the real hardware. That said...

    One method I have used is to make the values I want to change into
    generics, with the defaults being what I want to use for synthesis. Then
    I put a configuration specification in surrounded by
    translate_off/translate_on:

    --synthesis translate_off;
    for ctrl_d: CTRL
    use entity work.CTRL
    generic map (
    SRCNT_START => X"28000",
    SRCNT_END => X"280FF"
    )
    port map(
    RESET => RESET,
    CLK => CLK,
    ...
    );
    --synthesis translate_on;
     
    Duane Clark, Jan 18, 2007
    #3
  4. news.sunrise

    Andy Guest

    Indeed top level generics are probably the best way to go. I usually
    set the default values to be appropriate for synthesis, although some
    synthesis tools allow top level generics to be overridden as a
    synthesis option (most simulators also allow this).

    When simulating, you normally have higher level testbench that
    instantiates the synthesizable design. In the instantiation, those
    default generics can be overridden by a generic map in the
    instantiation. Those generics can be set to values from other generics
    passed down from the top level, which in turn can be set via simulator
    options.

    This can all be done without a configuration at all if you use direct
    entity instantiation, and not have to mess with a component declaration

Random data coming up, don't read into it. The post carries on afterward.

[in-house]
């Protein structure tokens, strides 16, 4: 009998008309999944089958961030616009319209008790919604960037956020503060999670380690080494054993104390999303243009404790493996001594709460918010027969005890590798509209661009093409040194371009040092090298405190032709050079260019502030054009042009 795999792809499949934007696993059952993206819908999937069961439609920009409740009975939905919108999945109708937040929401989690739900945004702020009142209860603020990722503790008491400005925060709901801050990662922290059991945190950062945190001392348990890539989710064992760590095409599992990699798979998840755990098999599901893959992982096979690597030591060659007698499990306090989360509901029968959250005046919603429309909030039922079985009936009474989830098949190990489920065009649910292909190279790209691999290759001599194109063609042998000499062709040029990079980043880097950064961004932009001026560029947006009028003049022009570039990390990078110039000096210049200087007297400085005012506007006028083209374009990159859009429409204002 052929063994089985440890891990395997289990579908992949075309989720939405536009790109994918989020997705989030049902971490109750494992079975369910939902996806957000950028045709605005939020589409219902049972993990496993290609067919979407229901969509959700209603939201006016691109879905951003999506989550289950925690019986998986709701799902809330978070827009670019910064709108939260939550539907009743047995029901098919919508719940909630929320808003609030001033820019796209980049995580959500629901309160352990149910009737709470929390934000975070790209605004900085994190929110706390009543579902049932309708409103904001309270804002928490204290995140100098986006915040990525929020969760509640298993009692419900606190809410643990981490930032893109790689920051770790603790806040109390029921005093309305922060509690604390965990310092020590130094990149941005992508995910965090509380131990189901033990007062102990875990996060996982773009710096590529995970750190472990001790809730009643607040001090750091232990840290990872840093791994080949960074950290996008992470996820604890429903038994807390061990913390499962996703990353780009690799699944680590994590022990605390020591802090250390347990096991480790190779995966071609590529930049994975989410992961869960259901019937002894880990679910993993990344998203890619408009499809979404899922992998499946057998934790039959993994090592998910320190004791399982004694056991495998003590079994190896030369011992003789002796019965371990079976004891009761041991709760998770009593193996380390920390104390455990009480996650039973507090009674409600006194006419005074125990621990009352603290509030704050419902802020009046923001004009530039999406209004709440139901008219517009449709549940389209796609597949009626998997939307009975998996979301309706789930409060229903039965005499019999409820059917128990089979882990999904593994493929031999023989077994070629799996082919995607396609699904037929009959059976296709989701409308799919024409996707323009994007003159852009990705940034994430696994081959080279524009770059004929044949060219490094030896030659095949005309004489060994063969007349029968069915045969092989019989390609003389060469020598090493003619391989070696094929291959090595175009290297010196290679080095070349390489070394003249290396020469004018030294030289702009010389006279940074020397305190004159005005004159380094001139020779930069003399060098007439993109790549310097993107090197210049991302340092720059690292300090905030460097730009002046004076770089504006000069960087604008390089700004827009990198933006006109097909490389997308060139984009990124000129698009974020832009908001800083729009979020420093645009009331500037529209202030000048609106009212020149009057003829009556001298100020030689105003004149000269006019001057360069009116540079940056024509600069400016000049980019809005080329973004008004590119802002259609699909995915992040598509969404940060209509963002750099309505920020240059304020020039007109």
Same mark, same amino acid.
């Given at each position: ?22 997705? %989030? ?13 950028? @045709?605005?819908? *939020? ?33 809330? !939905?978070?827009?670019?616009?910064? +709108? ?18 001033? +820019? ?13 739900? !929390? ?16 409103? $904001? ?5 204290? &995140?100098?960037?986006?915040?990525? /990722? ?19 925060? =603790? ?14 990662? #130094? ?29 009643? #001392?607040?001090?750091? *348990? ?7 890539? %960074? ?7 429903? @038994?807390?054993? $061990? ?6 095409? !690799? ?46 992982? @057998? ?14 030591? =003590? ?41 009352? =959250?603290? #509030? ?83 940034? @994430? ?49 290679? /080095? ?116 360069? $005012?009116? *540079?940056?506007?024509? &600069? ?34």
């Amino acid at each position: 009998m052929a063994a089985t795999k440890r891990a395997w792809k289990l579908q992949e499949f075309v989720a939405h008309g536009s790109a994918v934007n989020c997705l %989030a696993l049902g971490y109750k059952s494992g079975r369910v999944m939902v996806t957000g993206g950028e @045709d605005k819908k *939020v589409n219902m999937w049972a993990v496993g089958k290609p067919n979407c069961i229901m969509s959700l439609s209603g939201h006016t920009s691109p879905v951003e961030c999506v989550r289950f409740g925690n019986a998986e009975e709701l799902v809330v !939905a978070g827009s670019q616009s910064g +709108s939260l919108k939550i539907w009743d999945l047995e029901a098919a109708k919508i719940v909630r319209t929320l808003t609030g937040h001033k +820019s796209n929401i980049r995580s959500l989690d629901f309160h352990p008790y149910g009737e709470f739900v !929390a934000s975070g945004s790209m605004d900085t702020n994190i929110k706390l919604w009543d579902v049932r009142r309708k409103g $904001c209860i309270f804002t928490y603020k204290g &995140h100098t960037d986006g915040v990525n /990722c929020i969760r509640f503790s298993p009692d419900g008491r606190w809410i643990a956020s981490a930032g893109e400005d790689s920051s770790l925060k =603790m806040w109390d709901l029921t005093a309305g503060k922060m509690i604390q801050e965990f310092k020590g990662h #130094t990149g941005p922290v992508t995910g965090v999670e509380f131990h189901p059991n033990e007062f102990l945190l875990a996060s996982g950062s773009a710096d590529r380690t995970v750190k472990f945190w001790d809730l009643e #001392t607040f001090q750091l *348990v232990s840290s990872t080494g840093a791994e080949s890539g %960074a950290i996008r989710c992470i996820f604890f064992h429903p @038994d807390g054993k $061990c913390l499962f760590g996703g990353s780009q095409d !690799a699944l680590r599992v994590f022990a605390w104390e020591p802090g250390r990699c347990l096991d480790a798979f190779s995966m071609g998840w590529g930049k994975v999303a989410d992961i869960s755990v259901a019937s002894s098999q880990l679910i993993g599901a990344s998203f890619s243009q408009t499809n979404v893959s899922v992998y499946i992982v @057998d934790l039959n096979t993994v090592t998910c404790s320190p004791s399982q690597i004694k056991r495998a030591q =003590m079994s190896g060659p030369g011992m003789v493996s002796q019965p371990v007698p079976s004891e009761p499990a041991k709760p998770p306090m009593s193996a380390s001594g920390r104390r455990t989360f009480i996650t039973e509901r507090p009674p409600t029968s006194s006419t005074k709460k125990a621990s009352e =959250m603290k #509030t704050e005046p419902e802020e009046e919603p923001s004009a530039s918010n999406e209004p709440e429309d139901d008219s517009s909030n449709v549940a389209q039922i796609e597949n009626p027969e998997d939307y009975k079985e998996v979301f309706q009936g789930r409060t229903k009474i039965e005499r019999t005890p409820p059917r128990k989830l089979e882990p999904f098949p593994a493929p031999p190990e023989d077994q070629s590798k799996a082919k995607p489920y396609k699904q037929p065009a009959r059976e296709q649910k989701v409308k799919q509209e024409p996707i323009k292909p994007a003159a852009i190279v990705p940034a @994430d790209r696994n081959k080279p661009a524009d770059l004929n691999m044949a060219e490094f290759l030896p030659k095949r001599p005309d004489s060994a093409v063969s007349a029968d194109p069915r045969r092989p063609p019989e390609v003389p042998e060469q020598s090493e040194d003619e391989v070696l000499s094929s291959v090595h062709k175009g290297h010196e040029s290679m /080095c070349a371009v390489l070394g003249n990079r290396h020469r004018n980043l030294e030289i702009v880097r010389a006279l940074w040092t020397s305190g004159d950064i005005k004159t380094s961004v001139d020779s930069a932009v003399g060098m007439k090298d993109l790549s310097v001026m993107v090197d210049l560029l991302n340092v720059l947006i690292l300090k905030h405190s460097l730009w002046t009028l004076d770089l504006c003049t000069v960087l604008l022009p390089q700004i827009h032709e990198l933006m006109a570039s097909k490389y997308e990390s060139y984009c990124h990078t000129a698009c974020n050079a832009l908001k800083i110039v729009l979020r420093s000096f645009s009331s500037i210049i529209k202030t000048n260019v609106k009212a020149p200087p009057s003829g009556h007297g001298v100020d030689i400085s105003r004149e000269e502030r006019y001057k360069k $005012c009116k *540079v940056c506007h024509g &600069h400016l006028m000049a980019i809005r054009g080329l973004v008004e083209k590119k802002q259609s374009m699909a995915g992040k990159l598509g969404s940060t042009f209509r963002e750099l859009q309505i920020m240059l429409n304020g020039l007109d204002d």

either (vhdl '93 feature)

    DUT: entity work.CTRL(rtl) -- use architecture rtl of ctrl
    generic map (
    SRCNT_START => X"28000",
    SRCNT_END => X"280FF"
    )
    port map(
    RESET => RESET,
    CLK => CLK,
    ...
    );

    Andy

    Duane Clark wrote:
    > news.sunrise wrote:
    > > Hi NG
    > >
    > > Problem:
    > > When simulating (Modelsim) one might want to set certain values differently
    > > than for synthesis (Xilinx ISE).

    >
    > The caveat applies that doing this means your simulation doesn't match
    > the real hardware. That said...
    >
    > One method I have used is to make the values I want to change into
    > generics, with the defaults being what I want to use for synthesis. Then
    > I put a configuration specification in surrounded by
    > translate_off/translate_on:
    >
    > --synthesis translate_off;
    > for ctrl_d: CTRL
    > use entity work.CTRL
    > generic map (
    > SRCNT_START => X"28000",
    > SRCNT_END => X"280FF"
    > )
    > port map(
    > RESET => RESET,
    > CLK => CLK,
    > ...
    > );
    > --synthesis translate_on;
     
    Andy, Jan 19, 2007
    #4
  5. news.sunrise

    Jim Lewis Guest